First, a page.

In 2016, WACC and the Global Fund for Women partnered with Sarajevo-based LGBTIQA Association Okvir to implement a project to explore, document, and raise the visibility of narratives and counter-narratives regarding security, gender, and sexuality during the war and transitional justice period (from 1990-s to 2016) in the Balkan region.
The production of a documentary and audiovisual interviews with key LGBTIQA activists, and the establishment of a media archive about LGBTIQA rights and struggles, were the main mechanism to achieve these goals. Digital stories and other media products such as knowledge maps produced by LGBTIQA rights defenders, digitized archives, a digital timeline of LGBTIQA issues in the region can be accessed here. These testimonials are the backbone of a newly established “Queer Archive” that documents LGBTIQA struggles in the Balkans over the past 25 year. The archive is now the main source of historical memory on LGBTIQA movements in the Balkans in the region.
The project, which involved 10 Okvir staff, over 50 volunteers, 5 local civil society organizations, and almost 30 LGBTIQA feminist and anti-war activists from Bosnia, Serbia, and Croatia, is estimated to have reached over 2,000 people through public events and media platforms. The project has enabled Okvir to grow its base, reach a far broader public, establish new connections with other CSOs and potential new partners, and develop its communications capacity.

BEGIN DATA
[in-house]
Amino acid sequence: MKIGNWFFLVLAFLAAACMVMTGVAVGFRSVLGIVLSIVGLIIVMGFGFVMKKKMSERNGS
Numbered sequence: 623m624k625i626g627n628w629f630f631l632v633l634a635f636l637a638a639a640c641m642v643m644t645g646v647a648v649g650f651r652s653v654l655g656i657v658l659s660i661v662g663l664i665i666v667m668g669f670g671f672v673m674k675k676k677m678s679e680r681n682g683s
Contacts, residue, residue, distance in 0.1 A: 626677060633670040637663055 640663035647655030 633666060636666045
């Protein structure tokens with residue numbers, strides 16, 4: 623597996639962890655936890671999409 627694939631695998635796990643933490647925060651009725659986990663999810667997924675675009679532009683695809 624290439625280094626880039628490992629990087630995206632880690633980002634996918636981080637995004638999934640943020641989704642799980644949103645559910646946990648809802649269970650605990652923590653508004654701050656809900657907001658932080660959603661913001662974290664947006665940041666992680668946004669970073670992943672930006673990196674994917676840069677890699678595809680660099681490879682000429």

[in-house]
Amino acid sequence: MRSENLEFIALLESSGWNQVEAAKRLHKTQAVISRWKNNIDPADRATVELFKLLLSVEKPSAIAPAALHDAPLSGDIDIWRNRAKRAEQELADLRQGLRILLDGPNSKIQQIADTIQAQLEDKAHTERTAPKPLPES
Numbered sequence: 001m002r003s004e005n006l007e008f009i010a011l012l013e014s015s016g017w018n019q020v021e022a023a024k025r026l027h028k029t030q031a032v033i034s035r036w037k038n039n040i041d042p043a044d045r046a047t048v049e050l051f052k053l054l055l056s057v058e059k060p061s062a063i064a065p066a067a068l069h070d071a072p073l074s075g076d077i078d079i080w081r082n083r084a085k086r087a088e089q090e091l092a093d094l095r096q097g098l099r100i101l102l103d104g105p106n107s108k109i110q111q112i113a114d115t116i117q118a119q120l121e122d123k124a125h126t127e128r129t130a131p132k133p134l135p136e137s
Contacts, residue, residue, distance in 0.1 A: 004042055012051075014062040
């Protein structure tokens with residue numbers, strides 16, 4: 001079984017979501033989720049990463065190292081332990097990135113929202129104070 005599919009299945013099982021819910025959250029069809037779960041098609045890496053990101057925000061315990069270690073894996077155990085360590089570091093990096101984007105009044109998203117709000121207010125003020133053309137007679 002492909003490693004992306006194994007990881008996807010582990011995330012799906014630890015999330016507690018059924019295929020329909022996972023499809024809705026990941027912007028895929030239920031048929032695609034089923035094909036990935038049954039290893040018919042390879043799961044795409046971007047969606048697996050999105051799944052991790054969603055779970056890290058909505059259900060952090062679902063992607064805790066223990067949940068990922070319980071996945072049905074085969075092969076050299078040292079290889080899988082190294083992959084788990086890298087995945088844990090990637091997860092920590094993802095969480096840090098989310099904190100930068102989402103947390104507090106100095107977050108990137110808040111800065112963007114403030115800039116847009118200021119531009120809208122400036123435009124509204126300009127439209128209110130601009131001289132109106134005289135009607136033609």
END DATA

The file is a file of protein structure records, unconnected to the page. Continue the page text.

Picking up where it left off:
A documentary film called “Red Embroidery”, which explores the intersection of gender, sexuality, war and security in Serbia, Croatia, Slovenia and Bosnia and Herzegovina during and after the collapse of Yugoslavia, has been shown in a number of human rights film festivals in the Balkans over the past few months. The film presents a collection of personal testimonies and political accounts accounts by twelve feminist, anti-war, and LGBTIQA pioneer activists, who shared their stories as their contribution to the development of a feminist, anti-war and LGBTIQA movement in the region.
This project was supported under WACC's Communication for Social Change capacity building programme. For more information WACC's programme, please contact Lorenzo Vargas at LV@waccglobal.org
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